While Major League Soccer in the USA has never been seen as a threat to the European game, with players who have long since celebrated their 30th birthday usually drifting over the Atlantic to extend their careers, its Chinese equivalent has more financial pull and may appear more attractive on the surface.
But dig a bit deeper and it is open to debate whether Premier League, La Liga or Bundesliga regulars will want to up sticks and play in an unfamiliar environment when they could still be earning huge sums while challenging for domestic and European titles with their present clubs.
Chelsea striker Diego Costa has long been linked with a move eastwards and, having revealed that the Blues no longer want him, speculation will increase that he will be the next man to chase the money.
The Spain international appears a passionate player who enjoys the battle of playing in Spain or England and it is questionable as to whether he would get that buzz playing in a league that would be nowhere near as competitive.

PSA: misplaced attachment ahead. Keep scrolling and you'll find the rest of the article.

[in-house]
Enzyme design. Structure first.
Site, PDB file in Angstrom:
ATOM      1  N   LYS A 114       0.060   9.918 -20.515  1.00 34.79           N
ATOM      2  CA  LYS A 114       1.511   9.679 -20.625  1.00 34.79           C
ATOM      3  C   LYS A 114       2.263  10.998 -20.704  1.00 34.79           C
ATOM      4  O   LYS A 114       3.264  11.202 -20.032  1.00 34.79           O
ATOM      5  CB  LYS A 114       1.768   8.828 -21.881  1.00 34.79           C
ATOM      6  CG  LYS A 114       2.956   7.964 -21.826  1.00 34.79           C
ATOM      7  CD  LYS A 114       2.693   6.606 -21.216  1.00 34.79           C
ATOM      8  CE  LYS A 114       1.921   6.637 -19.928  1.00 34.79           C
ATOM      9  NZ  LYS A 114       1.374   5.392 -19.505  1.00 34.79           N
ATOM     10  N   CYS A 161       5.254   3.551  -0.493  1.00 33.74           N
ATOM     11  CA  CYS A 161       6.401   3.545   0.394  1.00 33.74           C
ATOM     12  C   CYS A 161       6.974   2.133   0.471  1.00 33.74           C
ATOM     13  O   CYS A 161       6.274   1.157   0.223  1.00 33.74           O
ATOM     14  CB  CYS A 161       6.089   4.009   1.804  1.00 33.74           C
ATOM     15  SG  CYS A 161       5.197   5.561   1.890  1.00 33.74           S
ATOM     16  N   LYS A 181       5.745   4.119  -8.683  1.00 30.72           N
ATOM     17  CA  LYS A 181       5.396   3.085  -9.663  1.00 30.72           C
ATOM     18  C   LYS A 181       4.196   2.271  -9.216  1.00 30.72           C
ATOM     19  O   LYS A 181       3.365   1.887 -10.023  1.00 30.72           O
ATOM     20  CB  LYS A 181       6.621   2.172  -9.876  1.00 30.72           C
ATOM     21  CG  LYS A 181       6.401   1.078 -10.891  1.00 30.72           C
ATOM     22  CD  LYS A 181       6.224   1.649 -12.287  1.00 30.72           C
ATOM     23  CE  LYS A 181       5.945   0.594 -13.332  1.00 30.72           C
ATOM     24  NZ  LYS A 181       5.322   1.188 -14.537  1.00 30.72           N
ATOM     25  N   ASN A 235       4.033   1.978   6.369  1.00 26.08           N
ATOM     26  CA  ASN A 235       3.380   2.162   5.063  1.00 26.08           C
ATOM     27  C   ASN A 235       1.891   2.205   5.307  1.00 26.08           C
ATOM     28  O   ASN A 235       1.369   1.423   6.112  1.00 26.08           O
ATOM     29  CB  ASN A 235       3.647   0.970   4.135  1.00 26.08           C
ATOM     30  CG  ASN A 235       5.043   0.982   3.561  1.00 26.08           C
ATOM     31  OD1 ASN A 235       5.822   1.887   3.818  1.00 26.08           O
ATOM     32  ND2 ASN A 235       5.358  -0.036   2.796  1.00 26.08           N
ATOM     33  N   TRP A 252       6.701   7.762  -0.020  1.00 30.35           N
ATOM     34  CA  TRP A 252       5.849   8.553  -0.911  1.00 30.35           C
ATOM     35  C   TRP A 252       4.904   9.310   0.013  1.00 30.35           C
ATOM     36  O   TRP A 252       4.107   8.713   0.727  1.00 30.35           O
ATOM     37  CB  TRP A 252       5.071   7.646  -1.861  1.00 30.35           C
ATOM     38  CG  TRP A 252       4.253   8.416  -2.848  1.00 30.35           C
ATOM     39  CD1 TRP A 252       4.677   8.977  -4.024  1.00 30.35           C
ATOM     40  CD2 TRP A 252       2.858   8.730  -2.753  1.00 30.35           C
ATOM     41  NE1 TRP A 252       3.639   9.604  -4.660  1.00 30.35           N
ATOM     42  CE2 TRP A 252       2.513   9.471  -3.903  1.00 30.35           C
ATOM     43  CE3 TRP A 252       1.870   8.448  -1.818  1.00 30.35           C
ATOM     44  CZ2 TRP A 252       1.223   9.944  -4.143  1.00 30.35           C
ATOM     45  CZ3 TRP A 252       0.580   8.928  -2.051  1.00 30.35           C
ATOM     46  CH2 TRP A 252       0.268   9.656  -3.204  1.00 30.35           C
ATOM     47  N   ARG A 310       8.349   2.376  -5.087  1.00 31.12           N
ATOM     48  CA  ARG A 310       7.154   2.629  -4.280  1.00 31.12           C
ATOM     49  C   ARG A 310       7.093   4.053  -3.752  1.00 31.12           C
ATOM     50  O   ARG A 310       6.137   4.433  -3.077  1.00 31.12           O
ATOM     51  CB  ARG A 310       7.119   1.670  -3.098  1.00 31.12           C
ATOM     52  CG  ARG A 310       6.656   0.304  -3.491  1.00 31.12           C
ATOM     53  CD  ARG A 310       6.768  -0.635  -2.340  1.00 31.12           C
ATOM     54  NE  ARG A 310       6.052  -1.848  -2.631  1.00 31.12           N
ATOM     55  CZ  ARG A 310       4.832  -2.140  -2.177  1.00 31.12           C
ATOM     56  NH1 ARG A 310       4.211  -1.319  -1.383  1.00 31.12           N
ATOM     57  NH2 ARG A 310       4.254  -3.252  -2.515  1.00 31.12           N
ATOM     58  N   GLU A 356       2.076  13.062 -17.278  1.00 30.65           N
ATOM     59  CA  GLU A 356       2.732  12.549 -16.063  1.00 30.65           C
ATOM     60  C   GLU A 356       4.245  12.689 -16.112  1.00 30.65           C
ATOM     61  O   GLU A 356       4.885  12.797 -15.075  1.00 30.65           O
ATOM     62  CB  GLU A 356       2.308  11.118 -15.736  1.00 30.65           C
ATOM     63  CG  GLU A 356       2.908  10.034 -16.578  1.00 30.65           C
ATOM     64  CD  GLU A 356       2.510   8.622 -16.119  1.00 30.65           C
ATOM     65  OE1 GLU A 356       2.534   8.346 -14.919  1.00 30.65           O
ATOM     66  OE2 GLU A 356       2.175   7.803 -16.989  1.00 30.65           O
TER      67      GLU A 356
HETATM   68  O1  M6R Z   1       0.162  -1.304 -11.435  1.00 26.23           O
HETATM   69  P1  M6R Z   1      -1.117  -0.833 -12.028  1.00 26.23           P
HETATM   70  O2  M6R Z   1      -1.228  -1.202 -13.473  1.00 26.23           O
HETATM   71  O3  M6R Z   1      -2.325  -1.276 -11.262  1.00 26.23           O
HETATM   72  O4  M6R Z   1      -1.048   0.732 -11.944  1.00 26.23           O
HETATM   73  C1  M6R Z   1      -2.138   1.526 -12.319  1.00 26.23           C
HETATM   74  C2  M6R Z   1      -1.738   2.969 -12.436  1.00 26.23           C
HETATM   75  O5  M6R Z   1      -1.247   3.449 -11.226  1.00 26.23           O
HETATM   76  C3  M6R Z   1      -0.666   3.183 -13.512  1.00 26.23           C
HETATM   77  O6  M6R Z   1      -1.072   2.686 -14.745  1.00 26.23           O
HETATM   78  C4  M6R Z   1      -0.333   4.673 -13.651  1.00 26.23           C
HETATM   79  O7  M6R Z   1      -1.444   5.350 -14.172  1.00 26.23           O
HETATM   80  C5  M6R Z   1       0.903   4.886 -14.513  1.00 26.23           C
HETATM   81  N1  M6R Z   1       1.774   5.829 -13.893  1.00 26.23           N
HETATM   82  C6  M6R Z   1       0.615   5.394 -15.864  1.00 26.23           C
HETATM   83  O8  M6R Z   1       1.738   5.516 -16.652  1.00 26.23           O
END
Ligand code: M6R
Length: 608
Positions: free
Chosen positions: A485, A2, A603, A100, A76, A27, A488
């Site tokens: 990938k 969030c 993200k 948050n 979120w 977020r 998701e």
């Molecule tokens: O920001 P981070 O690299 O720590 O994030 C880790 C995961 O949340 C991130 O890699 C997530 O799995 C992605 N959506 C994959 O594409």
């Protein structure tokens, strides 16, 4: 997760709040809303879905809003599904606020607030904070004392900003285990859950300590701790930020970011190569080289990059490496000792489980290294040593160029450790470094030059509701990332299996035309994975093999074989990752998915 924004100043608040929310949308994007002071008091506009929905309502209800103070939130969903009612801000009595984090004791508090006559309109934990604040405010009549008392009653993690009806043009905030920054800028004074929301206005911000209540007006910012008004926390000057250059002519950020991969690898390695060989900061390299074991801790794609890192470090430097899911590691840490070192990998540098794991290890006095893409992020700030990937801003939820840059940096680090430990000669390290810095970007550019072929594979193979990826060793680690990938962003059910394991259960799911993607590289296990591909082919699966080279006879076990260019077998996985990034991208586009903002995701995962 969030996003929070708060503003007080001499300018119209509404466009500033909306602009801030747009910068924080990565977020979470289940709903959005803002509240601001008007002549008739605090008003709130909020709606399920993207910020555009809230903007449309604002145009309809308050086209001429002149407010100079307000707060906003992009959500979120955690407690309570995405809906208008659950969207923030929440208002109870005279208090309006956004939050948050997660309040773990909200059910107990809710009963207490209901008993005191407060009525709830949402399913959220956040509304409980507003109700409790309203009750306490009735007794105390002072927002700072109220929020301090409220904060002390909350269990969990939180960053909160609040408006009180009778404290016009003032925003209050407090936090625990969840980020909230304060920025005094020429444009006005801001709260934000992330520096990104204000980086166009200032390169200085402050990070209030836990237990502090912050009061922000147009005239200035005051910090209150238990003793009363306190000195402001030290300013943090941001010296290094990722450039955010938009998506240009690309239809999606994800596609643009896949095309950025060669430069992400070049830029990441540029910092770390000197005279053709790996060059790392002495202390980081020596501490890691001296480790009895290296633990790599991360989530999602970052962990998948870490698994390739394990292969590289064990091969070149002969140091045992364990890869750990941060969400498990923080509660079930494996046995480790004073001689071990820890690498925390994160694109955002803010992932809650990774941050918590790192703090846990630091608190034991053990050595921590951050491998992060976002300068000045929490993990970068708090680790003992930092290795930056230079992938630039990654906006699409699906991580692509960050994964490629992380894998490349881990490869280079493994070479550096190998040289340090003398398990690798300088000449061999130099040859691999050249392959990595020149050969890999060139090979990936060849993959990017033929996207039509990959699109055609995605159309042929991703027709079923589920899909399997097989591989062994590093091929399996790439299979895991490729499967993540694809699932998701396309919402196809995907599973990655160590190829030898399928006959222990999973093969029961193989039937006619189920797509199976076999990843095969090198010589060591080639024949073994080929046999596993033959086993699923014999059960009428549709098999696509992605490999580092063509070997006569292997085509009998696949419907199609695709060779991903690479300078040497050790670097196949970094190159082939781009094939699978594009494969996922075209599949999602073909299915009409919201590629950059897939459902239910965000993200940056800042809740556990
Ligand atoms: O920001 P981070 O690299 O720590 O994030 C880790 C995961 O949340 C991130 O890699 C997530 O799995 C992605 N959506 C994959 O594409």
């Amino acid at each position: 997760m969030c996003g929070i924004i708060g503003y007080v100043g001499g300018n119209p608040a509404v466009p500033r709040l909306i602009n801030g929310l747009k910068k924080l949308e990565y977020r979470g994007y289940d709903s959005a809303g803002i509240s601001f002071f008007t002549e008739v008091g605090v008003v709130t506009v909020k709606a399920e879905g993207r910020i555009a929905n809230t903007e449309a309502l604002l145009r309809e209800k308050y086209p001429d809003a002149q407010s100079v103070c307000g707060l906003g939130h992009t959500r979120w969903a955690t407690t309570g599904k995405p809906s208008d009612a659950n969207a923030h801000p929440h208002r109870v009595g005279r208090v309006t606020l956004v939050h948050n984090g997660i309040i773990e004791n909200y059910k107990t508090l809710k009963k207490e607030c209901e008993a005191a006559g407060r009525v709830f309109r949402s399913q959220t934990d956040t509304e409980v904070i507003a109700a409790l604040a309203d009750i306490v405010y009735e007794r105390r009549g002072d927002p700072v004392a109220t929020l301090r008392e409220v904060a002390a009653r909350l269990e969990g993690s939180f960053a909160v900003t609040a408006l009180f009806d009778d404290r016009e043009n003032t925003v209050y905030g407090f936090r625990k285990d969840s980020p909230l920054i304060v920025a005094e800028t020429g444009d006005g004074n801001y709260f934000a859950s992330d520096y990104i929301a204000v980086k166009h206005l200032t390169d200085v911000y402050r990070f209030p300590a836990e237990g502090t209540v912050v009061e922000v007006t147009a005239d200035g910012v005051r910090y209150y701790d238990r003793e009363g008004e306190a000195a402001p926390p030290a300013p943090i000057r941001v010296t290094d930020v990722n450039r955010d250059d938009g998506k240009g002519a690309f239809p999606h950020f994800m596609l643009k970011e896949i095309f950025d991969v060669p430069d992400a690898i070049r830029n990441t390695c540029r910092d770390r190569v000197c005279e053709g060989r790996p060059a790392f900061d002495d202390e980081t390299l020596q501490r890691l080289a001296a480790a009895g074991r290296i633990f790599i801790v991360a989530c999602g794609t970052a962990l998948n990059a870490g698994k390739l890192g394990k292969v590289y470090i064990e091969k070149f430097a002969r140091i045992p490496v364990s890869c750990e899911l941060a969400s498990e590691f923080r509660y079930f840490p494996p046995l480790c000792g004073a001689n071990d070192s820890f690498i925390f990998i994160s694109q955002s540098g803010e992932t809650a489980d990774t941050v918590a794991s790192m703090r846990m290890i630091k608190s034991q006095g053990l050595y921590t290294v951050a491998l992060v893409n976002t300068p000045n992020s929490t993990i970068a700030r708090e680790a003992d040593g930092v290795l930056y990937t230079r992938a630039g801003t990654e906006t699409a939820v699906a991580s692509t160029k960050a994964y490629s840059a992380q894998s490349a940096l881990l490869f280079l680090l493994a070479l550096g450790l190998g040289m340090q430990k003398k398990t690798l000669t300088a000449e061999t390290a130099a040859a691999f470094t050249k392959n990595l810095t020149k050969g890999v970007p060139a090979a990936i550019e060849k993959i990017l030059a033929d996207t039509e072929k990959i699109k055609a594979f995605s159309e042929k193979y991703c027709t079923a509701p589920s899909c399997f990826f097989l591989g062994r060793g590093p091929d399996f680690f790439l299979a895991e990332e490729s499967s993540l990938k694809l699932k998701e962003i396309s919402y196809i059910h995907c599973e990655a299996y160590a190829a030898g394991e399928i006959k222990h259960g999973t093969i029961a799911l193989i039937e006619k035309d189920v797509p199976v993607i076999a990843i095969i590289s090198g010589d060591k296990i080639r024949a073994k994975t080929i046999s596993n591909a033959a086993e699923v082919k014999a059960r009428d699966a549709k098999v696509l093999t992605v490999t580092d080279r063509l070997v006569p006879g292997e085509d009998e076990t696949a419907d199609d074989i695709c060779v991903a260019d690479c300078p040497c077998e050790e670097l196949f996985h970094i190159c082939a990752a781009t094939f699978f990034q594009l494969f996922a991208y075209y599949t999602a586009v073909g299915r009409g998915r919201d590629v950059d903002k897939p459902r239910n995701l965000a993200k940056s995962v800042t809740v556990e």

That is not to say that the CSL is not of a decent standard and the South American influence has helped in that respect, but it would be a step backwards from what he has experienced over the past few years.
Betting on Chinese football is hugely popular and Bookmaker Advisor has all the information you need for the best offers available on the market. Whether its popularity will be limited to the far-east in the future as the CSL continues to develop however remains to be seen.
Wayne Rooney’s recent move back to Everton out paid to rumours that he was considering a lucrative transfer to the CSL. A move for England’s record goal scorer would have represented a huge coup for the league.
However, clubs might now struggle to do deals for players such as Costa or Rooney due to new legislation brought in by the Chinese Football Association.
Clearly ramping up their efforts to prevent clubs from ‘buying’ the title, they have introduced a new ‘100 per cent tax’.